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How Venezuela's Globovisión got its defiant groove back

Employee at Globovision works behind a glass reading
Employee at Globovision works behind a glass reading "News" with Globovision's logo "G"

AP Photo/Leslie Mazoch, File

The following in an excerpt of a CPJ blog post by John Otis, CPJ Andes Correspondent:

When Venezuela's opposition broke the ruling party's 17-year stranglehold on power by winning control of congress in December, the political earthquake created editorial aftershocks at the 24-hour news station Globovisión.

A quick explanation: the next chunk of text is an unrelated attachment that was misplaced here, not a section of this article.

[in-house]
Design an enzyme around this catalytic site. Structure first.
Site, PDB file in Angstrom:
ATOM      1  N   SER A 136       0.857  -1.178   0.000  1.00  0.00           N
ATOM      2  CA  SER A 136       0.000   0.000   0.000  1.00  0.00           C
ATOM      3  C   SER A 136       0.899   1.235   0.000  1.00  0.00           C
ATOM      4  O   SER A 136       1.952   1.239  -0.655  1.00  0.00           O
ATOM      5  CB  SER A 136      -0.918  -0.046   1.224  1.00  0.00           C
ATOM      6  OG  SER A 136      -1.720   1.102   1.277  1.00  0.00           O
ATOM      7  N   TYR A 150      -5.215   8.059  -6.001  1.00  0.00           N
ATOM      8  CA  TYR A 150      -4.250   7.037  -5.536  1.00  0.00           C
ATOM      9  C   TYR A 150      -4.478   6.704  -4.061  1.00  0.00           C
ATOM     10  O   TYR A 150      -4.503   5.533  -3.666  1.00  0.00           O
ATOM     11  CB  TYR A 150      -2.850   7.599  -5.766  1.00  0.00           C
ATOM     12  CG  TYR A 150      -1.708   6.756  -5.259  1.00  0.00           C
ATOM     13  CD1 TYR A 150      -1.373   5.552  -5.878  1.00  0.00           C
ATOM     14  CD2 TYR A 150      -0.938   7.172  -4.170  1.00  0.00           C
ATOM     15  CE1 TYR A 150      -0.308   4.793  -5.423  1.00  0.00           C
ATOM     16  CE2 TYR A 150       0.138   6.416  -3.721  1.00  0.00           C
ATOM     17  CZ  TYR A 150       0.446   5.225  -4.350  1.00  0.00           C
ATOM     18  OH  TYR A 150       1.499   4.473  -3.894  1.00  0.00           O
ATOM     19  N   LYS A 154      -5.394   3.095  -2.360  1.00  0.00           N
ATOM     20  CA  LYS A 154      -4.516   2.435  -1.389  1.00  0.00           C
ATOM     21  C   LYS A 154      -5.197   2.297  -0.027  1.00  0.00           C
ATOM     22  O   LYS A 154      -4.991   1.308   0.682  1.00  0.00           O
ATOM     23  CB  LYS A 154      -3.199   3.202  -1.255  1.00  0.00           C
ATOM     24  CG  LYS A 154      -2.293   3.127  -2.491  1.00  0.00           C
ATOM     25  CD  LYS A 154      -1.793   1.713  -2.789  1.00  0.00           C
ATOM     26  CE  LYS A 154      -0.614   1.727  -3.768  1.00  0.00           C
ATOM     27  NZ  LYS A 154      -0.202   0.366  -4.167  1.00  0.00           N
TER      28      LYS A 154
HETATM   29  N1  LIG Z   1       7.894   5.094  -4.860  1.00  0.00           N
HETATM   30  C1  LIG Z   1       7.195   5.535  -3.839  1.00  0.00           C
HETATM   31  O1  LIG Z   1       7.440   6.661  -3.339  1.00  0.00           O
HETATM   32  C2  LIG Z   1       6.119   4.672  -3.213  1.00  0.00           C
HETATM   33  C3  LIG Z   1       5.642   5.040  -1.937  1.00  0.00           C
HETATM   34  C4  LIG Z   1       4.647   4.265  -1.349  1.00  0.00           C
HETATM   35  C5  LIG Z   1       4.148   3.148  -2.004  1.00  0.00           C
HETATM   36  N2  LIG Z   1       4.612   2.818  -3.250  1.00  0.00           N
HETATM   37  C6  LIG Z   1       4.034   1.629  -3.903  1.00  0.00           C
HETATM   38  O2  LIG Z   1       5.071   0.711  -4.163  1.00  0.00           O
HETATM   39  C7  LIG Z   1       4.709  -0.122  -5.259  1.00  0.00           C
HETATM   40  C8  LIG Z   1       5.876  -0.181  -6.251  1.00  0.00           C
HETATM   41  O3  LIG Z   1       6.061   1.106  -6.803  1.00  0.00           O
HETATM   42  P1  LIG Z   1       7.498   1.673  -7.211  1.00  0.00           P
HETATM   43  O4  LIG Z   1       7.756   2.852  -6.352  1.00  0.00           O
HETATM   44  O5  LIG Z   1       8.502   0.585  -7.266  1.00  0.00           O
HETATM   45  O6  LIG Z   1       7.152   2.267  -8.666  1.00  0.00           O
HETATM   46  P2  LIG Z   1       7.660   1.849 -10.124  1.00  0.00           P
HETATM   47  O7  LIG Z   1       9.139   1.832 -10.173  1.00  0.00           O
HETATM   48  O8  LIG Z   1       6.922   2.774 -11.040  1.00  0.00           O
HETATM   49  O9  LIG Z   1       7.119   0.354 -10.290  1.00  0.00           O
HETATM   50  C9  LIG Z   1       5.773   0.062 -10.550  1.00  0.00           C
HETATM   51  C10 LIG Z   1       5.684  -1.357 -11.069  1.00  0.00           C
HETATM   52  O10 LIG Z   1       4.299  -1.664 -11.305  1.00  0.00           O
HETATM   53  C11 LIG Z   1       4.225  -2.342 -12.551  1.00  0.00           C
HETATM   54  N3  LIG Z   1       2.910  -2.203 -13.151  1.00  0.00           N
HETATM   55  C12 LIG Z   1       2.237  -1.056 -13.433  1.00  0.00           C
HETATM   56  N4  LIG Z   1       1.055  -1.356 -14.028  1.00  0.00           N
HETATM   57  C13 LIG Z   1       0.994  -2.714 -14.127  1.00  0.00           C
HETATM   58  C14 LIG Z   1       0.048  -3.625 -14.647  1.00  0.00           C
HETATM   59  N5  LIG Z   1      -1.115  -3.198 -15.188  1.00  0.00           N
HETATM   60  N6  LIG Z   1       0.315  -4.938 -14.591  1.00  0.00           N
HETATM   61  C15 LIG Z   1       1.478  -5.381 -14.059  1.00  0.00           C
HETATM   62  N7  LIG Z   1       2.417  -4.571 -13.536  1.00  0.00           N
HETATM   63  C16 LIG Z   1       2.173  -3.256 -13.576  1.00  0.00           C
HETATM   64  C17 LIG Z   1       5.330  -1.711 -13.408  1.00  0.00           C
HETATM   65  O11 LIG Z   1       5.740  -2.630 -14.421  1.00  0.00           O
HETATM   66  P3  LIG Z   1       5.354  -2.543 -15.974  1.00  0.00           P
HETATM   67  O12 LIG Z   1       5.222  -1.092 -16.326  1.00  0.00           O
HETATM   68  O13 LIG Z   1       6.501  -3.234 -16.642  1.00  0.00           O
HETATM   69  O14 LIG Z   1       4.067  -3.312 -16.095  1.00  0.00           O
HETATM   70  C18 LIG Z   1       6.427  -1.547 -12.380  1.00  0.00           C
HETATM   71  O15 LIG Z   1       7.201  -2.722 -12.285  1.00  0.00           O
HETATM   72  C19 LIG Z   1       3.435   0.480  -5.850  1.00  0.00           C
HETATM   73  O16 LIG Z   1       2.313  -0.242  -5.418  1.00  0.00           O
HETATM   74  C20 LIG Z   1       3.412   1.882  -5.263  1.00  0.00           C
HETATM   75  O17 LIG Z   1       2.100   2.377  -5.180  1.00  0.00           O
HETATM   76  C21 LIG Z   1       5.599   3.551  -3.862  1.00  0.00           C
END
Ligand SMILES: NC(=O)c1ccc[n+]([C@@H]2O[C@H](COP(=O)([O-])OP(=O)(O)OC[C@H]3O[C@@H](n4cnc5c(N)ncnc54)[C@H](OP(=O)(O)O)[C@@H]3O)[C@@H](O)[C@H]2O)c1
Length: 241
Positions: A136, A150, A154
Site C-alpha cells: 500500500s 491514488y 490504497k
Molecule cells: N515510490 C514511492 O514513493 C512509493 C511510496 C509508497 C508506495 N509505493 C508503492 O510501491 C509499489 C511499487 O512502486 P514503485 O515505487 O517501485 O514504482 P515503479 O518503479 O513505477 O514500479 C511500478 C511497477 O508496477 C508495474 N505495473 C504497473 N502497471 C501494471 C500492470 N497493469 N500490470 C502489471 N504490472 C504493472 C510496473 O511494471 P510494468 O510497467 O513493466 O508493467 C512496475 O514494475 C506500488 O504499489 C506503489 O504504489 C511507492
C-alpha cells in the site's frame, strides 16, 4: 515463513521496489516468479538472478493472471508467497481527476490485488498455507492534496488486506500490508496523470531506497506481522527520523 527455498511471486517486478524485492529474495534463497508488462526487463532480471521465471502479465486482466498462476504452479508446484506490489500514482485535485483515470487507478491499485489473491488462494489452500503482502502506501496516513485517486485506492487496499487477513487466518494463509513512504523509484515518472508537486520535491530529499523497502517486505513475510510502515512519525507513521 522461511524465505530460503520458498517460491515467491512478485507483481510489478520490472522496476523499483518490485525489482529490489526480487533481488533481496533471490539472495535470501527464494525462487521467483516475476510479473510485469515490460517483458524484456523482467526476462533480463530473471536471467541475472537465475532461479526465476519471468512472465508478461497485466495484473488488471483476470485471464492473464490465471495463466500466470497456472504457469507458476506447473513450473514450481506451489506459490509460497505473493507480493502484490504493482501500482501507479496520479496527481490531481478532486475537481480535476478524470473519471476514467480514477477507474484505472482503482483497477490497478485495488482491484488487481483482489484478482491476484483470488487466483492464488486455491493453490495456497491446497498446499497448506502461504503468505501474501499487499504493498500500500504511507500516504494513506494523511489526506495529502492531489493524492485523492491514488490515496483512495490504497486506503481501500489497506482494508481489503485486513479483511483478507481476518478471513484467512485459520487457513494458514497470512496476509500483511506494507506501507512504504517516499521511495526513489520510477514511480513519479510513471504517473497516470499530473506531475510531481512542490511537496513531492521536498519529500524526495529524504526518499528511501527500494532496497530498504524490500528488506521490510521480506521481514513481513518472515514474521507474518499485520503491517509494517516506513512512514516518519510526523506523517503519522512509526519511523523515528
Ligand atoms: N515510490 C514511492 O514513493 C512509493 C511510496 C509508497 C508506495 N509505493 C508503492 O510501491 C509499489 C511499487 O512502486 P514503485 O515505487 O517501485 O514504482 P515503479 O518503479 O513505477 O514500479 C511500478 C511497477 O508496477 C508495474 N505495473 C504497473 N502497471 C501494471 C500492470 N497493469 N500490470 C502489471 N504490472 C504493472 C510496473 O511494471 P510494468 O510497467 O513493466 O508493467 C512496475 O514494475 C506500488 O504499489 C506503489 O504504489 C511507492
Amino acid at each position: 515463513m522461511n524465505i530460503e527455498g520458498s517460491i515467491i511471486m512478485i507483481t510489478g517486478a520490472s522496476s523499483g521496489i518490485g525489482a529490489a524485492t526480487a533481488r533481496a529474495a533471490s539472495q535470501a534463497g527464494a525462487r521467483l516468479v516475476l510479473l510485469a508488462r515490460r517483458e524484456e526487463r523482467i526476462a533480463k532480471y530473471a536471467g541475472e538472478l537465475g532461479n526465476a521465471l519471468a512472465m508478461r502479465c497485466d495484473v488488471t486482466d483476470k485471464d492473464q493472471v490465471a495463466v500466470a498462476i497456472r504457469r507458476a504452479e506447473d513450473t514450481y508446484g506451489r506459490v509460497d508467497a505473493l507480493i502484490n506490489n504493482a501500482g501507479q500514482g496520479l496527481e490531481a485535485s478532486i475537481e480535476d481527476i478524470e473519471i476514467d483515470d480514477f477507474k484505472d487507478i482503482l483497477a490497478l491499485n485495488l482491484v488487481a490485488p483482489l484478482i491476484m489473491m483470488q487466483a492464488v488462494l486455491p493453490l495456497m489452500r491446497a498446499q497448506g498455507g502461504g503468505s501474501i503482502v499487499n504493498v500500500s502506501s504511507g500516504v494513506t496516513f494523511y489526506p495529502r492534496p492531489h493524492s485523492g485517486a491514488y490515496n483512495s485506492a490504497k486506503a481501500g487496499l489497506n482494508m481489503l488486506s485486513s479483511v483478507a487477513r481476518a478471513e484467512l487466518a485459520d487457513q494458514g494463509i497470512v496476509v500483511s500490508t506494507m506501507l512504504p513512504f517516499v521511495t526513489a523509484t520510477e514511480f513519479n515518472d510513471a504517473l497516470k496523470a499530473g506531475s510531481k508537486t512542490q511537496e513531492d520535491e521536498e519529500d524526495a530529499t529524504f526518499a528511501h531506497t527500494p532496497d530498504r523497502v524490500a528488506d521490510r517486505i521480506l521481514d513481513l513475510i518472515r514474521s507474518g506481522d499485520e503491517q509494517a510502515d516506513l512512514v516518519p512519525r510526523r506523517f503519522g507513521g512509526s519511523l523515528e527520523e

In a country where most news media are either controlled by President Nicolás Maduro's administration or rarely criticize it, Globovisión abruptly dropped its pro-government line, analysts told CPJ. Instead, Globovisión began covering congress, interviewing both opposition and pro-government politicians, and taking a much harder look at issues such as food shortages, triple-digit inflation, and allegations of government mismanagement.

Read the full blog post on CPJ's site.

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